Unprecedented scenes in the Teatro Verdi tonight, as the audience of customarily meek silent film enthusiasts stamped their feet, booed and exclaimed “outrageous!” “Close the curtains!” and “Down with this sort of thing!” But more reports on the incident the papers are calling the 2021 Giornate riot later.
If I weren’t here, I’d be at the London Film Festival instead (shocking place, full of talkies), where this morning I could have watched Pablo Larrain’s Spencer – the sinister dramatization of the Christmas that Princess Diana spent at Sandringham with her hostile royal in-laws, where she finally determined to leave her husband, Prince Charles. Well, quelle coincidence that here in Pordenone I was watching All’ombra di un Trono (In the Shadow of the Throne, Carmine Gallone, 1920-23). Young Violeta (the wonderful Soava Gallone) marries a prince in haste and repents at leisure. As the pressures of royal life become too much for his elder brother the Prince Regent to bear, Violeta and her man become dangerously close to the “supreme sacrifice” that is the promise of the throne. The Queen does not approve of her new heir’s marriage, and soon Violeta is forced to sign divorce papers just to keep custody of her son. How very unlike the home life of our dear… etc etc. A chilling and engrossing story, this, although a little prolonged in the latter stages, when we were especially grateful for Gabriel Thibaudeau’s nimble accompaniment.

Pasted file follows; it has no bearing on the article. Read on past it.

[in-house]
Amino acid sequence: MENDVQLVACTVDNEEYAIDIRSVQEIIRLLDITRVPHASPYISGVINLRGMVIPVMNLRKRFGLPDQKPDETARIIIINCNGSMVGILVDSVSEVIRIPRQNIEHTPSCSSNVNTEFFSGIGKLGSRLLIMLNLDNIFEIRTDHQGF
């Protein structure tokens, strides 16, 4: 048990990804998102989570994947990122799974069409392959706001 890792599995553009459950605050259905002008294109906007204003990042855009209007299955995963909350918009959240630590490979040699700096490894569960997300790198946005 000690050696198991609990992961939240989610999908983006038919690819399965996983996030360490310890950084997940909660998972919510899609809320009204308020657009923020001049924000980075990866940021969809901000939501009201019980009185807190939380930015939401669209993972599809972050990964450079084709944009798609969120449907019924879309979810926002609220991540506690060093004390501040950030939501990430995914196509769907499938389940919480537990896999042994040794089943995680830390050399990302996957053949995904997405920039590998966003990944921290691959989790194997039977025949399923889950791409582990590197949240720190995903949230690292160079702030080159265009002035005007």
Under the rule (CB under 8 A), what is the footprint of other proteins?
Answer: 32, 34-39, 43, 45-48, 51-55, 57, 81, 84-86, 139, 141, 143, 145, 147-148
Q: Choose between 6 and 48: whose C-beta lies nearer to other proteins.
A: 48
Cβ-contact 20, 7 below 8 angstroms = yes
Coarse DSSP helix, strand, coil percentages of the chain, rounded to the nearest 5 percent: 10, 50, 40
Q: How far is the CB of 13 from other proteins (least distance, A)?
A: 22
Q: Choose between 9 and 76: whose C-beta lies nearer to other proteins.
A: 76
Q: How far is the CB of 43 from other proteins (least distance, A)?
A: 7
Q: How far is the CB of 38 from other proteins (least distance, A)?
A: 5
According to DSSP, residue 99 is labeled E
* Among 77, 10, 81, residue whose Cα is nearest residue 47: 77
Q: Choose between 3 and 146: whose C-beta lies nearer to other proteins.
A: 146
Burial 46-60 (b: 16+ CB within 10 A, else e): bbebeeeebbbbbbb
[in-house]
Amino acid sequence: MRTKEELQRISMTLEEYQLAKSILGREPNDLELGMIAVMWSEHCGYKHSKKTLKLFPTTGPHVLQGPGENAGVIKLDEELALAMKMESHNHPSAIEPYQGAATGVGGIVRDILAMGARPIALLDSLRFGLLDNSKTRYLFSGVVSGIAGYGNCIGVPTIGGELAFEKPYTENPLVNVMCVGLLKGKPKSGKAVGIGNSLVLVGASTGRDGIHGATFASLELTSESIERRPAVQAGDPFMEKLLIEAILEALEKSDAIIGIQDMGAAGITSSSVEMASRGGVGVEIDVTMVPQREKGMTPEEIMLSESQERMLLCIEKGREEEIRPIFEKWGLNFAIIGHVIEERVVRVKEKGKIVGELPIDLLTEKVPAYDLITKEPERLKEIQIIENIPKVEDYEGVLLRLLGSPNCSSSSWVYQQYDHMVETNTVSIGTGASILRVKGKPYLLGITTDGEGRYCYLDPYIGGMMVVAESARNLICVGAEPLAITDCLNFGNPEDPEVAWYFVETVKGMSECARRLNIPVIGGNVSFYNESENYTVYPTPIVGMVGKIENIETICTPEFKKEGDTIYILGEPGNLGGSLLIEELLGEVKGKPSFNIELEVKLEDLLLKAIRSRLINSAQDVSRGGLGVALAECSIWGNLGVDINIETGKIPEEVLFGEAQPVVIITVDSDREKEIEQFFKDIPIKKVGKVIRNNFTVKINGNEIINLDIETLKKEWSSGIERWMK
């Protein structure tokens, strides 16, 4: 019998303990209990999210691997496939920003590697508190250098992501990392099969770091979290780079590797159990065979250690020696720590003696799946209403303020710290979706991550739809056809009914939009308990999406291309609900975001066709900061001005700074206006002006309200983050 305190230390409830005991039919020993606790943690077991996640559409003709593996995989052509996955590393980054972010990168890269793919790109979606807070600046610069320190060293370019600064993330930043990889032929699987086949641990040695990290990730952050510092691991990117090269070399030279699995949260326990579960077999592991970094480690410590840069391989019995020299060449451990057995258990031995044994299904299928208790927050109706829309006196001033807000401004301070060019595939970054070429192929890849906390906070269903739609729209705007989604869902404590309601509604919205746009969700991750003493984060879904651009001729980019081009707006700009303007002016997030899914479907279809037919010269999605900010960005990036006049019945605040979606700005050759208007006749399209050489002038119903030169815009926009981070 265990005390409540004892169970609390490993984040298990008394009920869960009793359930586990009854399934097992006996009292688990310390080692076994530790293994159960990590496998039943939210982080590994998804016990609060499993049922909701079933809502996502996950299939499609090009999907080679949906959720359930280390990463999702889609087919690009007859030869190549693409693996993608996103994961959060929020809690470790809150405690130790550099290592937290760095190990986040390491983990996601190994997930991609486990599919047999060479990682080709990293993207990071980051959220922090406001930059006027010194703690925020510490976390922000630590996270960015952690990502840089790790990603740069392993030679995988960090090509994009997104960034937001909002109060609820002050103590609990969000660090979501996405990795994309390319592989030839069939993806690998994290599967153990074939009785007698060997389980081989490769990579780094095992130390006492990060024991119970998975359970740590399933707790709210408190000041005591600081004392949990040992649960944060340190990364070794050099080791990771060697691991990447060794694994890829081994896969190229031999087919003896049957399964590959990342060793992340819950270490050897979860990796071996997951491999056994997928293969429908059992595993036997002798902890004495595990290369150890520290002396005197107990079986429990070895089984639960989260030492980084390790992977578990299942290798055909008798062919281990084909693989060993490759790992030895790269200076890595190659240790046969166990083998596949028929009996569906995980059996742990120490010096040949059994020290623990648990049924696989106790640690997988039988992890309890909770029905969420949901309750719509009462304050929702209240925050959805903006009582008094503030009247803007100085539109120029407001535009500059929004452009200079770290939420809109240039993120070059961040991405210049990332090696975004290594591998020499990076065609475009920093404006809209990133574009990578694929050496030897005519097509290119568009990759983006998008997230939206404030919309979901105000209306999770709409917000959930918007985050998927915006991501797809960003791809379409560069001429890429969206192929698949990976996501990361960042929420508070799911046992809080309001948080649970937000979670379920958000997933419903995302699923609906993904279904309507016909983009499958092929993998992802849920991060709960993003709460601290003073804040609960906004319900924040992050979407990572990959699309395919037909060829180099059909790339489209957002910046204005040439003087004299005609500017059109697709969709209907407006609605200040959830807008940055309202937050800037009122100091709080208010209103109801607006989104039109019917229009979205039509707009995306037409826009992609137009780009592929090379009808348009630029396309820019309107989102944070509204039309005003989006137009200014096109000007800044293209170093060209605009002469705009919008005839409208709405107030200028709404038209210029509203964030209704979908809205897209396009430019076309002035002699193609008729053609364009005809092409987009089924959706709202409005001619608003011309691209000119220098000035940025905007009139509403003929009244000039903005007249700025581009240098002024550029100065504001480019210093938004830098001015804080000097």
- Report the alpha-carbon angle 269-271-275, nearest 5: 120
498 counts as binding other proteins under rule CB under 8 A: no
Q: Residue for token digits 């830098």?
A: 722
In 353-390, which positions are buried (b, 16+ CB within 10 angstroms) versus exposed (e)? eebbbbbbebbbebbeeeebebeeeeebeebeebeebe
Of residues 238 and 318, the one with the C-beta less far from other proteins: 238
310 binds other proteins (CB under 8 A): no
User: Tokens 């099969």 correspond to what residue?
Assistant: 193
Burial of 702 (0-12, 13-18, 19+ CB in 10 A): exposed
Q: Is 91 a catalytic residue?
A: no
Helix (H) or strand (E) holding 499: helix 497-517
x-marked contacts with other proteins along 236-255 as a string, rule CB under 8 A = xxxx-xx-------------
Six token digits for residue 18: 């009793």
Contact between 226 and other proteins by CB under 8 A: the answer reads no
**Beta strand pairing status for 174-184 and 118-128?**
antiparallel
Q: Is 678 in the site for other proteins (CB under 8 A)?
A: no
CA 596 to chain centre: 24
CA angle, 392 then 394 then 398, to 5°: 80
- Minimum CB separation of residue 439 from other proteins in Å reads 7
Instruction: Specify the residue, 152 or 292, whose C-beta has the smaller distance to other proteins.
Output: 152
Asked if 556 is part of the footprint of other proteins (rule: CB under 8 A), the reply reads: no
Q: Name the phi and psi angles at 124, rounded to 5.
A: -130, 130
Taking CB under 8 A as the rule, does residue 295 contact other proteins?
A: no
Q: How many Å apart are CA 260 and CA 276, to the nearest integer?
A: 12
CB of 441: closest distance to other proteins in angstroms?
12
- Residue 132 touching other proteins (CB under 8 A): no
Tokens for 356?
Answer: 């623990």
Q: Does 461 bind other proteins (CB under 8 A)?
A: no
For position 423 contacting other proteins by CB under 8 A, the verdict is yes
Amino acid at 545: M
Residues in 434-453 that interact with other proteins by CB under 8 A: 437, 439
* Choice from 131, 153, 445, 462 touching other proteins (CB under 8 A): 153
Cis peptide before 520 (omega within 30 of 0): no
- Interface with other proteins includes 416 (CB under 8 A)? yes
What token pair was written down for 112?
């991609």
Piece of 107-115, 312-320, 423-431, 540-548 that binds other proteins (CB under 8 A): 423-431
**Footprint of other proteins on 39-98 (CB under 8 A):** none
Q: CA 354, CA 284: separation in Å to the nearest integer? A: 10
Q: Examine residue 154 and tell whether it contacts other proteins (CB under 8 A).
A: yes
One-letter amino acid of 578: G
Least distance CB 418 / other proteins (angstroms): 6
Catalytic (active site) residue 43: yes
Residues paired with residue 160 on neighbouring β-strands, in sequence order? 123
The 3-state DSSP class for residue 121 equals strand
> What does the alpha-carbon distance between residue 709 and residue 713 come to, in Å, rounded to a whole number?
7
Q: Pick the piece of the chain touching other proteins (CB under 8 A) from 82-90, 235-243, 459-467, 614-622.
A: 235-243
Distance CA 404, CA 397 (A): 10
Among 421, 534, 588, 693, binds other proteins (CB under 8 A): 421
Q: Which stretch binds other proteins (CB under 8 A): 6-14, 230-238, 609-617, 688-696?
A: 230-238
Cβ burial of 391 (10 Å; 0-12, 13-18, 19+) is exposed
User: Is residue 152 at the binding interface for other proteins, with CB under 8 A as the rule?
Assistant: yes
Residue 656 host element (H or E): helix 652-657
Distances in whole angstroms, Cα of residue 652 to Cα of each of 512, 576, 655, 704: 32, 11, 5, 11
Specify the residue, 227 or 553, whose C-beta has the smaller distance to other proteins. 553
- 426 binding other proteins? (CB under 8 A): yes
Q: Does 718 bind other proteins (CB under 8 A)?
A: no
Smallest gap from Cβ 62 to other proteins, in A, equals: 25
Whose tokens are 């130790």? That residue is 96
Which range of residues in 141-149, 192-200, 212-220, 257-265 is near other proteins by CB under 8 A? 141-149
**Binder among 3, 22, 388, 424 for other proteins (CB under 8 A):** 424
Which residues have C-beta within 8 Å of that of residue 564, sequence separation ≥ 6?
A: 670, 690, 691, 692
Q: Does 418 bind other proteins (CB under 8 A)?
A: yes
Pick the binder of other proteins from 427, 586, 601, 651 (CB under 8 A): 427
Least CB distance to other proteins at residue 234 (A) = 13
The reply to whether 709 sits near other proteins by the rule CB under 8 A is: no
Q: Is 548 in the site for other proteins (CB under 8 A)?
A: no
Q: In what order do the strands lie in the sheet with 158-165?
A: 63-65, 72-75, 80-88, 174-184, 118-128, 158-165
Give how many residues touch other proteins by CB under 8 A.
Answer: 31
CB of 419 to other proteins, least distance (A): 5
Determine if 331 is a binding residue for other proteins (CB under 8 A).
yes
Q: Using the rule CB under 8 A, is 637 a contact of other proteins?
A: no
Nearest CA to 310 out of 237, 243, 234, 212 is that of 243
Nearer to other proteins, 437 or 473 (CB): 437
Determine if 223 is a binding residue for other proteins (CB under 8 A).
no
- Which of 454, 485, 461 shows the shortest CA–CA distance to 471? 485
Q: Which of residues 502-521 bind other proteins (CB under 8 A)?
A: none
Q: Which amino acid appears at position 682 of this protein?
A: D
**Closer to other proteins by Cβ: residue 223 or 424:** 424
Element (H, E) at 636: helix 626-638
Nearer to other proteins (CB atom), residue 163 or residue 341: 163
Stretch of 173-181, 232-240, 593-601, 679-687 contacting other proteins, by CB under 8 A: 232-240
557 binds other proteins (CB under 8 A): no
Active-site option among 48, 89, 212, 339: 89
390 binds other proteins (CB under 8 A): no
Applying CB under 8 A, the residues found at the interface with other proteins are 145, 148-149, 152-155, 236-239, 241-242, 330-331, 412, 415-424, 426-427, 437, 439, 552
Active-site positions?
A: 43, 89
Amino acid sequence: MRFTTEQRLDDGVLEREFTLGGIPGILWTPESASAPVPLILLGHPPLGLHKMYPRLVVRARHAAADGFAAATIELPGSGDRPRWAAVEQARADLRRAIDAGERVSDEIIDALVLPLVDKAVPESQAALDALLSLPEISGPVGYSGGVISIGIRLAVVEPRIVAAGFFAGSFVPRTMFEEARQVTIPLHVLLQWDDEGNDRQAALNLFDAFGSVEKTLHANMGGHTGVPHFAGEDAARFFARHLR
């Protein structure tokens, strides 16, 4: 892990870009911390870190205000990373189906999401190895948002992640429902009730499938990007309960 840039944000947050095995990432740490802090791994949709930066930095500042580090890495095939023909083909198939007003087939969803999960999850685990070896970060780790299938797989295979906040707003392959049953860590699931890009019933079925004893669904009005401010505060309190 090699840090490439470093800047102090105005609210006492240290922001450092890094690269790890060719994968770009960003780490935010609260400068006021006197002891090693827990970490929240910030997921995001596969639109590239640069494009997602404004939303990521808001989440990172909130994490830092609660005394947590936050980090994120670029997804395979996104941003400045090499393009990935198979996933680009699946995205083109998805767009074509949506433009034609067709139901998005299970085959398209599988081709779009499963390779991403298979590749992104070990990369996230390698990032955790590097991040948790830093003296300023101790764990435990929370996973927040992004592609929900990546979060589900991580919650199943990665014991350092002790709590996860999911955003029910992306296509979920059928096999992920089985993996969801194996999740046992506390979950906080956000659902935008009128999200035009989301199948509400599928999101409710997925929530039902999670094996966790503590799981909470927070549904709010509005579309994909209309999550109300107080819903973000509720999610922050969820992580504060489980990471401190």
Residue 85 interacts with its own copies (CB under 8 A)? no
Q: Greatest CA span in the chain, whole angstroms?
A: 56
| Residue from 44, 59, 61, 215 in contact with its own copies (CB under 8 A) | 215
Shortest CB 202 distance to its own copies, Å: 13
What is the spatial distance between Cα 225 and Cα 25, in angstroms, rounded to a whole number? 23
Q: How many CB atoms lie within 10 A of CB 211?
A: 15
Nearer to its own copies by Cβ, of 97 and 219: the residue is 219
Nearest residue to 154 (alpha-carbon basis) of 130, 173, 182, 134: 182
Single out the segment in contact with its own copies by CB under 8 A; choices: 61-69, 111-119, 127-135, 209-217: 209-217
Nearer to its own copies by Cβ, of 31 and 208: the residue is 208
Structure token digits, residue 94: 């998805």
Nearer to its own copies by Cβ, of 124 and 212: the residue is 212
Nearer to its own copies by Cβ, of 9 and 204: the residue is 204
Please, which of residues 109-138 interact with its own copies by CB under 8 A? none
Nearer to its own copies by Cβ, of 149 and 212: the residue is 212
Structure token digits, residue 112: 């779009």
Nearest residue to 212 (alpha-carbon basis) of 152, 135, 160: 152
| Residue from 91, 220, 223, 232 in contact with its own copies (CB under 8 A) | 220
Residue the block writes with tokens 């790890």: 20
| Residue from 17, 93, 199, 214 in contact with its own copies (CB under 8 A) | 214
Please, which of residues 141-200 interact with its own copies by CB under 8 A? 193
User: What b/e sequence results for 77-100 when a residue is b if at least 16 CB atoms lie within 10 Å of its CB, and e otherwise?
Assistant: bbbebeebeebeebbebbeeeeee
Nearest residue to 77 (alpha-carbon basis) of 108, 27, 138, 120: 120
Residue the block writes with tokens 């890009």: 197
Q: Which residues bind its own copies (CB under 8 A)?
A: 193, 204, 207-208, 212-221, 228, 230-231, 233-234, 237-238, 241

As the catalogue points out, the setting in the source novel was clearly Britain, complete with noxious fog, but on screen we were in the mythic realm known as Ruritania, so popular in the silent era, and with any luck we’ll be back there next year, in Pordenone that is.
This afternoon we had another date with the Nasty Women and a Franco-American double-bill no less. I hugely enjoyed Le Ménage Dranem (1912) in which comic Dranem plays a put-upon house husband, stuck with the chores of cooking, cleaning, nursing and darning, while his wife goes out smoking, drinking, and playing backgammon with Léontine. With shades of Alice Guy’s Les Résultats du feminisme (1906), Dranem reaches breaking point eventually and a more conventional domestic hierarchy is re-established. Ah, it was fun while it lasted.
This was followed by US comedy feature Phil-For-Short (Oscar Apfel, 1919) scripted by Clara Beranger and Forrest Halsey. Here two Greek nerds find themselves in a Hepburn-Tracy kind of romance: she’s an unconventional tomboy (Evelyn Greeley), he’s a bookworm who’s scared of women (Hugh Thompson). There’s cross-dressing, flirtation, pranks and some delightfully graceful Greek dancing to complicate their path to marital bliss. Essentially, she’ll have to provoke him out of his prejudice. It’s a queer deal in two sense. Lots of queer coding and Sapphic references, but also while Phil (Greeley) is vigorously trying to shake up the status quo, the intertitles contain a roster of repetitive anti-women jokes – that we’re supposed to read ironically, for best effect. Charm, innuendo and cleverness abound, however, so we’re on to a winner. And thanks to John Sweeney bringing all these qualities to his lively accompaniment for the programme. If I had to hazard a guess, I’d say he was having a ball.